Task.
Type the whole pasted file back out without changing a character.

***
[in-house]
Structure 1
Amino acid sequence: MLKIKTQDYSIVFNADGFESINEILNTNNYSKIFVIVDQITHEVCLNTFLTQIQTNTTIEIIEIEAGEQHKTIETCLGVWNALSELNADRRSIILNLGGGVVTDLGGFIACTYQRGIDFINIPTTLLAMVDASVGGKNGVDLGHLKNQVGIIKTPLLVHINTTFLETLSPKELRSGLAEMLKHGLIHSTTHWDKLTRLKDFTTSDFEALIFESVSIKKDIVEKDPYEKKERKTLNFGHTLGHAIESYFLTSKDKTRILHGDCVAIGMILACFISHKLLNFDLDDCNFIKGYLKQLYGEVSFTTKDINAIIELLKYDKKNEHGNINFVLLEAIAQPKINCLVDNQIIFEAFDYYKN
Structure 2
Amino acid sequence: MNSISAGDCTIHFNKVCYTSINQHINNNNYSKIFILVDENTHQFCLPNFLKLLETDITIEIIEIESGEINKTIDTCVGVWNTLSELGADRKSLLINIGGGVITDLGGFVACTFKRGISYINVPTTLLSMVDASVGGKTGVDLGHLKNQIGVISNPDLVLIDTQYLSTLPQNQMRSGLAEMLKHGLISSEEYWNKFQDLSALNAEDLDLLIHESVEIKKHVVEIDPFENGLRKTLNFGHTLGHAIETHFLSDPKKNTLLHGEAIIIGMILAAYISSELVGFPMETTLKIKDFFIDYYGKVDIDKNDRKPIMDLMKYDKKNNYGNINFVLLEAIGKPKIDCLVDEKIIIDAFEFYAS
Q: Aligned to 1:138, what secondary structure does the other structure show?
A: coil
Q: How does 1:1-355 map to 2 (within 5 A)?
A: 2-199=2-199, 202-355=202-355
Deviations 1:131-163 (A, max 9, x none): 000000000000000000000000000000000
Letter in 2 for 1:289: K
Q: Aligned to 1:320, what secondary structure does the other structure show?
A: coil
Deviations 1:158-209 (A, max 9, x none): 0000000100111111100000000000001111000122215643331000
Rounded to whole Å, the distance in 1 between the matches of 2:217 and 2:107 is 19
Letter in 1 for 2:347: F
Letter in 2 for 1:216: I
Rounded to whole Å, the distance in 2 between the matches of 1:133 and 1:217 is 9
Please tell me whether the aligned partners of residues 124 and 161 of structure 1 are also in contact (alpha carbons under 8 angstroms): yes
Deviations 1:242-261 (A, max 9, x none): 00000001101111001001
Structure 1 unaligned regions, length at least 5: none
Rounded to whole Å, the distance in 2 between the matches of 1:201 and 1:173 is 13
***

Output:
[in-house]
Structure 1
Amino acid sequence: MLKIKTQDYSIVFNADGFESINEILNTNNYSKIFVIVDQITHEVCLNTFLTQIQTNTTIEIIEIEAGEQHKTIETCLGVWNALSELNADRRSIILNLGGGVVTDLGGFIACTYQRGIDFINIPTTLLAMVDASVGGKNGVDLGHLKNQVGIIKTPLLVHINTTFLETLSPKELRSGLAEMLKHGLIHSTTHWDKLTRLKDFTTSDFEALIFESVSIKKDIVEKDPYEKKERKTLNFGHTLGHAIESYFLTSKDKTRILHGDCVAIGMILACFISHKLLNFDLDDCNFIKGYLKQLYGEVSFTTKDINAIIELLKYDKKNEHGNINFVLLEAIAQPKINCLVDNQIIFEAFDYYKN
Structure 2
Amino acid sequence: MNSISAGDCTIHFNKVCYTSINQHINNNNYSKIFILVDENTHQFCLPNFLKLLETDITIEIIEIESGEINKTIDTCVGVWNTLSELGADRKSLLINIGGGVITDLGGFVACTFKRGISYINVPTTLLSMVDASVGGKTGVDLGHLKNQIGVISNPDLVLIDTQYLSTLPQNQMRSGLAEMLKHGLISSEEYWNKFQDLSALNAEDLDLLIHESVEIKKHVVEIDPFENGLRKTLNFGHTLGHAIETHFLSDPKKNTLLHGEAIIIGMILAAYISSELVGFPMETTLKIKDFFIDYYGKVDIDKNDRKPIMDLMKYDKKNNYGNINFVLLEAIGKPKIDCLVDEKIIIDAFEFYAS
Q: Aligned to 1:138, what secondary structure does the other structure show?
A: coil
Q: How does 1:1-355 map to 2 (within 5 A)?
A: 2-199=2-199, 202-355=202-355
Deviations 1:131-163 (A, max 9, x none): 000000000000000000000000000000000
Letter in 2 for 1:289: K
Q: Aligned to 1:320, what secondary structure does the other structure show?
A: coil
Deviations 1:158-209 (A, max 9, x none): 0000000100111111100000000000001111000122215643331000
Rounded to whole Å, the distance in 1 between the matches of 2:217 and 2:107 is 19
Letter in 1 for 2:347: F
Letter in 2 for 1:216: I
Rounded to whole Å, the distance in 2 between the matches of 1:133 and 1:217 is 9
Please tell me whether the aligned partners of residues 124 and 161 of structure 1 are also in contact (alpha carbons under 8 angstroms): yes
Deviations 1:242-261 (A, max 9, x none): 00000001101111001001
Structure 1 unaligned regions, length at least 5: none
Rounded to whole Å, the distance in 2 between the matches of 1:201 and 1:173 is 13